He set his career high of 5 points last term, but it’s still just 5 points. Similarly, he set his career high in minutes played last term, but it’s still just in the sixteen hundreds (1 645) like in 2017/18 at Brno and 2019/20 at Jablonec.
Can he stay fit? And more importantly: can he sharpen his knives and be a bit more than this elegant dancer with the ball who does great things to aid the build-up but doesn’t quite set up his teammates or shoot himself well/often enough (a measly 43,5 and 28,3 percentile in xA and xG per 90 respectively)?
Inside the club’s off-season
For the purpose of this exercise, Vladimir Jovović (whose future is still up in the air as we speak) has been well and truly released, so his 7 points come off the board together with the 28 points Ivan Schranz (13), Robert Hrubý (7), Tomáš Ladra (5), Jakub Podaný (2) and Jan Chramosta (1) had combined for. That works out to 38,9% of all 20/21 points lost, but — since Hrubý and Ladra were these very efficient point-per-game players — only 19,1% of all minutes.
This creates a peculiar environment in which, compared to 2020/21, Jablonec are actually retaining less points (64,3% then) but much more mins (69,5%), courtesy of both Plechatý and Jugas being significant defensive subtractions.
You wouldn’t notice him much in the second part of the season due to health issues, but Michal Surzyn was actually the flavour of the week at one point in 2020/21. A marauding fullback who’s not afraid to push high up and finish off an attack, he stood out for Pardubice eg. in the harsh 0:2 loss to Sparta.
As demonstrated by largely unimpressive results across the board below, Surzyn is still honing his craft, but for a maiden top flight campaign, he showed promise, and makes for a smart addition from a club that desperately needed cover at both fullback positions (Surzyn split his time 900 x 1016 mins between the left and right at Pardubice, so he won’t have trouble shifting).
Jablonec will definitely miss Schranz and his pressing (3rd most balls recovered in final third among strikers), pace and power, but we’ll deal with him as part of the Slavia preview, so I’ll dedicate this space to Vladimir Jovović instead — again, a subtraction that may not turn out to be one.
Jovović is a peculiar case that’s made me and my friend Jakub Lebloch wonder: how would he actually fair in a different environment? He’s clearly got a unique platform at Jablonec, but even when not burdened with too much (defensive) responsibility, he very obviously drives Rada crazy at times with his moody (non)efforts and somewhat carefree approach to stuff.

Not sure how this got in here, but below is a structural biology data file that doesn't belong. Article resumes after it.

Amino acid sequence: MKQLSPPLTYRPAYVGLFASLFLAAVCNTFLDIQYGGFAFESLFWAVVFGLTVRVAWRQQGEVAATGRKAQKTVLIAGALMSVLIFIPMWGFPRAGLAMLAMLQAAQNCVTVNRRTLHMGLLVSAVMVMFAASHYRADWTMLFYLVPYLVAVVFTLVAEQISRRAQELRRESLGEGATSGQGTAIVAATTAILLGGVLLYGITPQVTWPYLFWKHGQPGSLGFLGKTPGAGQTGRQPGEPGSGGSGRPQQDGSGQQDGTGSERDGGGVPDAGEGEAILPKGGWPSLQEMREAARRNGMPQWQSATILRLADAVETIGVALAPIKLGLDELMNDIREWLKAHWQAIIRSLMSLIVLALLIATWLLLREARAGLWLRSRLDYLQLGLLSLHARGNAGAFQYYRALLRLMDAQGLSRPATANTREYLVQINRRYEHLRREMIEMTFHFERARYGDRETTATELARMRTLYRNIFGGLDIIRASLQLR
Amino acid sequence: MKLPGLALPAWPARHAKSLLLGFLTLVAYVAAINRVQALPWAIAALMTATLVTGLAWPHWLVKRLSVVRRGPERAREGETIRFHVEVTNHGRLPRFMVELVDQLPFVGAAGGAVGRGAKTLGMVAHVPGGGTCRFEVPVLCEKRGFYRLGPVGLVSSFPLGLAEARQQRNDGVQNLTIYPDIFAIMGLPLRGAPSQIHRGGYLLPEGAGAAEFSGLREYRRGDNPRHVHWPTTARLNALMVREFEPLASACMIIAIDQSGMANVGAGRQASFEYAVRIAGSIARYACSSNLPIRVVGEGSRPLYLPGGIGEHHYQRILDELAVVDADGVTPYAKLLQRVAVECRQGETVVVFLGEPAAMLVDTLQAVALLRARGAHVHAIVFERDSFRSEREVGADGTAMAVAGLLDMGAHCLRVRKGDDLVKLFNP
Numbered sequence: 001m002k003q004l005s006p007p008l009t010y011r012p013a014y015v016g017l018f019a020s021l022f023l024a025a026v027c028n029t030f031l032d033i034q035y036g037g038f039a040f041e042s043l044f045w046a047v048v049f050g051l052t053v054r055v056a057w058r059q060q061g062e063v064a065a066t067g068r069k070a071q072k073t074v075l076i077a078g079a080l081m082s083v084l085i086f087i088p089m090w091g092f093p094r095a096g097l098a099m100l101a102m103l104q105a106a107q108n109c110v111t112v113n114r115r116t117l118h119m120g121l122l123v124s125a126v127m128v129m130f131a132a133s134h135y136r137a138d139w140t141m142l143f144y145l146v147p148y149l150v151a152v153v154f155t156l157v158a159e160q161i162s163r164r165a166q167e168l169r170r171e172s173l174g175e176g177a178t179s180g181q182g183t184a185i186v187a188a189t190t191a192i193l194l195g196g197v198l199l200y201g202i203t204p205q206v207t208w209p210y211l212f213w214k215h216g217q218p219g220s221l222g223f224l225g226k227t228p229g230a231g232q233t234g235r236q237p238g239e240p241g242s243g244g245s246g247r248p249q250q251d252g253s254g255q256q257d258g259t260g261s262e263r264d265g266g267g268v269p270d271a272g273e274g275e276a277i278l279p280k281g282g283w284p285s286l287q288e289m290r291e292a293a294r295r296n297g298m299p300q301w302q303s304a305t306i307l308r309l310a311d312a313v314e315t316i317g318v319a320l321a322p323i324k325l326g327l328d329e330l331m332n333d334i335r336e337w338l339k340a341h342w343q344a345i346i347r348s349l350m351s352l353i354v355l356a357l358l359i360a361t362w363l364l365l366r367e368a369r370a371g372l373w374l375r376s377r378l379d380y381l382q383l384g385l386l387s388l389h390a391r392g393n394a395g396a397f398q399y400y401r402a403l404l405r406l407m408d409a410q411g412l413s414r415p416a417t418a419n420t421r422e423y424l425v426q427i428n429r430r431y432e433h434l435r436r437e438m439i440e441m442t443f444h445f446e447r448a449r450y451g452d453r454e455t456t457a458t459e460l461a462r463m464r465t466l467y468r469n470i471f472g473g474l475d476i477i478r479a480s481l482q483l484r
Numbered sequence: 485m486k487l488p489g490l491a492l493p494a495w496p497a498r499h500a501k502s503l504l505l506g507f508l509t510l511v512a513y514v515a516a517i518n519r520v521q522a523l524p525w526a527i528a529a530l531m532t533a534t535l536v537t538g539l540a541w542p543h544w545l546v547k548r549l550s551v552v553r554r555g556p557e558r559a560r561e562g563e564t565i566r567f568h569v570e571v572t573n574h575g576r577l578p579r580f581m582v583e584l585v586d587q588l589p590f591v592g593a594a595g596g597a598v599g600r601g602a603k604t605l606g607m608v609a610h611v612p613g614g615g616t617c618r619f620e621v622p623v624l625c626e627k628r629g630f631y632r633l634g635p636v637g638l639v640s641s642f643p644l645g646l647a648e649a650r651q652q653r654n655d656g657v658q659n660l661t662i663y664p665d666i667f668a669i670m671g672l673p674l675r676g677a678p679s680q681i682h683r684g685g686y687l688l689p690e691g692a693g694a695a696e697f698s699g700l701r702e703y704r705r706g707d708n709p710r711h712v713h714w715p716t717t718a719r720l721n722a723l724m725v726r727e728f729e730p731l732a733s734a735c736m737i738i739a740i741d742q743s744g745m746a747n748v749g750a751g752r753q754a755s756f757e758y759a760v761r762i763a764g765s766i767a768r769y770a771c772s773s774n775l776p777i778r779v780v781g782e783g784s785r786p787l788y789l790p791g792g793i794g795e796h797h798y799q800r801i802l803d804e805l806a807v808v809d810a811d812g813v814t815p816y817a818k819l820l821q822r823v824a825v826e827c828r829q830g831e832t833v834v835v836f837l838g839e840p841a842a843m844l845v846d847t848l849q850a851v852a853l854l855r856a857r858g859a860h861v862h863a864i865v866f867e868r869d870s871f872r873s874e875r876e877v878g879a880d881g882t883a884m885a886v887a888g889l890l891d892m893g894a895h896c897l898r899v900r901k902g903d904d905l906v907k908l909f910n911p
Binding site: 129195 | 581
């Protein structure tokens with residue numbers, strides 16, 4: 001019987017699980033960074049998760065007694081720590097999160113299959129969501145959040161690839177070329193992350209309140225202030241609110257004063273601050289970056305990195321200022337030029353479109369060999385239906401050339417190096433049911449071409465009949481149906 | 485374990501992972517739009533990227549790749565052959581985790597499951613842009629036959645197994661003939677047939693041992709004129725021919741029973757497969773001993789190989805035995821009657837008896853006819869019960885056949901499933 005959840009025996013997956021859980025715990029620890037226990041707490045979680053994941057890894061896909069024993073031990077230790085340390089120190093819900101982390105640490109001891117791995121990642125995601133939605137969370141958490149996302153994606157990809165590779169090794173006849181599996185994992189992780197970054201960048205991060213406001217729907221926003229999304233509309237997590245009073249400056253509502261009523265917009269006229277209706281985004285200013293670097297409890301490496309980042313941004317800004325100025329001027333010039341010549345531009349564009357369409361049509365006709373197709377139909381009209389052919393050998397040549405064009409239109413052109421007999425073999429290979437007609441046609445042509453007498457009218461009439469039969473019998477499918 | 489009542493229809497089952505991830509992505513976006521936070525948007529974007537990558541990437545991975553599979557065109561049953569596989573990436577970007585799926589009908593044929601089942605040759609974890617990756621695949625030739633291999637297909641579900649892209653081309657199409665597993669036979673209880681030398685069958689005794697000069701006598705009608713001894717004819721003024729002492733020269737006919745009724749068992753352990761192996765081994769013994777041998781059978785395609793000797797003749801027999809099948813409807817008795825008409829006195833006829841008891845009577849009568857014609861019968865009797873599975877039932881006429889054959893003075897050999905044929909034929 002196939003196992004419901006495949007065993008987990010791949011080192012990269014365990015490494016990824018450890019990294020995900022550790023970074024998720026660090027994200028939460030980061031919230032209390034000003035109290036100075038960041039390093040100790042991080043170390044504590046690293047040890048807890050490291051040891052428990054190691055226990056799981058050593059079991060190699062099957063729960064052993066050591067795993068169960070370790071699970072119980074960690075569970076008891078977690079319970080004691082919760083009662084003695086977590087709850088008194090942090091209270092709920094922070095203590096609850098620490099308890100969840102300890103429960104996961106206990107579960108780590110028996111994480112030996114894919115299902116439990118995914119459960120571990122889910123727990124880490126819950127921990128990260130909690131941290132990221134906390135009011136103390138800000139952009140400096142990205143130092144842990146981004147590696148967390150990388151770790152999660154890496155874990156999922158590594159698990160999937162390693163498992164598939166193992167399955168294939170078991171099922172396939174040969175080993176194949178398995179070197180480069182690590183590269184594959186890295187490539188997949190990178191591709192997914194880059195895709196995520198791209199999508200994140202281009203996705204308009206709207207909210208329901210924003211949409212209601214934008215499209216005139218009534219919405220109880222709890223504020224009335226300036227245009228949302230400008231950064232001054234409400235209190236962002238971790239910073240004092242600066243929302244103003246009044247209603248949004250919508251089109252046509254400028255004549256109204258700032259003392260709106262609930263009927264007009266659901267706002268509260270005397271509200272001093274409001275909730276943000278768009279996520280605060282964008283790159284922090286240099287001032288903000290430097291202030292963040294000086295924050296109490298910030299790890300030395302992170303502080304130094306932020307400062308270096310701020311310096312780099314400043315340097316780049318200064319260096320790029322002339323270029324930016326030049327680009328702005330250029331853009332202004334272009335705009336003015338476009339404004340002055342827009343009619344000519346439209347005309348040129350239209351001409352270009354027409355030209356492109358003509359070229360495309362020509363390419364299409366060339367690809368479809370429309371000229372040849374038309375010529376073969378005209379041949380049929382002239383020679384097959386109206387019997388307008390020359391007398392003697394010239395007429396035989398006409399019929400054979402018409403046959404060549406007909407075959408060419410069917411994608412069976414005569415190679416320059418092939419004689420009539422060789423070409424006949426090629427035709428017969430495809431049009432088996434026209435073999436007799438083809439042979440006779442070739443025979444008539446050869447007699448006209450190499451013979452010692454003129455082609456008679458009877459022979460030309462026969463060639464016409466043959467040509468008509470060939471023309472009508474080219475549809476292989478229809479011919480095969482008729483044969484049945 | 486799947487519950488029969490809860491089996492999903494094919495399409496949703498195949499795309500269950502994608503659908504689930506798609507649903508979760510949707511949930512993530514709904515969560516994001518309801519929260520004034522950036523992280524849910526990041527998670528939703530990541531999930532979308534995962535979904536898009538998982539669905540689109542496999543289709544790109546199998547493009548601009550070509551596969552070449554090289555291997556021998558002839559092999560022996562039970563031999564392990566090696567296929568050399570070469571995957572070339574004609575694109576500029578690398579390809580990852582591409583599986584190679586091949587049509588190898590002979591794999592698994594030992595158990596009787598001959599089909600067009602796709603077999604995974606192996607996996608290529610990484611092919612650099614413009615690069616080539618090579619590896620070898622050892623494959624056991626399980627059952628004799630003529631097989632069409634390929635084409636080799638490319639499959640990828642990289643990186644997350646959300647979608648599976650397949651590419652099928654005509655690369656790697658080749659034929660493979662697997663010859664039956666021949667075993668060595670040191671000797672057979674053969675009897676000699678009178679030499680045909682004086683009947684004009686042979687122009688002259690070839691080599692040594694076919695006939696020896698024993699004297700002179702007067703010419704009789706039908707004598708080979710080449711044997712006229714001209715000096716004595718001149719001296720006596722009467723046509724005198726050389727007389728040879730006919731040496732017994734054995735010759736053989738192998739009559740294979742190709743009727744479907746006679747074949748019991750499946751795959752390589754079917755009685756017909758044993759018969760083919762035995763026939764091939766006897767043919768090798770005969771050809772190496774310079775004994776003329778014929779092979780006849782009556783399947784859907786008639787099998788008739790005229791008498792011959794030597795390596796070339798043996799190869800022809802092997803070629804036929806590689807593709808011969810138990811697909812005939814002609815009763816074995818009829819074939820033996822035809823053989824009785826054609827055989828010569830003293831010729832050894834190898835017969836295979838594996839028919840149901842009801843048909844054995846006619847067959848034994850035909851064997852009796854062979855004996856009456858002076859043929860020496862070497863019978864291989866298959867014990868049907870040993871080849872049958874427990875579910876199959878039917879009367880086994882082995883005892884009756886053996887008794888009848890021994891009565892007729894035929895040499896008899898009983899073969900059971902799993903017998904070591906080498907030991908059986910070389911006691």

When he’s at it, however, Jovović can take over games like barely any other attacking player in the league. When he drifts inside from the left, he’s got this ability to break the lines with the ball at his feet almost seamlessly. In my model, he grades out as the 2nd most complex winger after Plavšić, and he’s effectively a Plavšić lite in every possible respect. Most smart passes completed? 1. Plavšić, 2. Jovović. Most accelerations with the ball? 1. Plavšić, 2. Jovović. Most successful offensive duels in final third? 1. Plavšić, 2. Jovović.
The only stark difference? Jovović just plain refuses to cross as only 16,7% wingers completed less crosses towards the centre of the box. He’s more of a romantic creator through the middle without that “desperate gear” to him.
Nevertheless, Václav Pilař would still need that magical drink from Asterix and Obelix to adequately replace Jovović, I’m afraid. And he’s not bad himself!
New kid on the block
There were three stand-out names travelling to the Czech national team’s own base camp in Italy: Vojtěch Werani (b. 2004), Michal Kinčl (b. 2000) and Torfiq Ali-Abubakar (b. 2001). The latter could soon become a first black footballer to ever get a taste at Jablonec; an interesting contrast to the neighbouring Liberec and their rich experience with Baffour, Oscar or Mara. Sadly, Michal Černák (b. 2003) couldn’t be there due to a lengthy injury lay-off.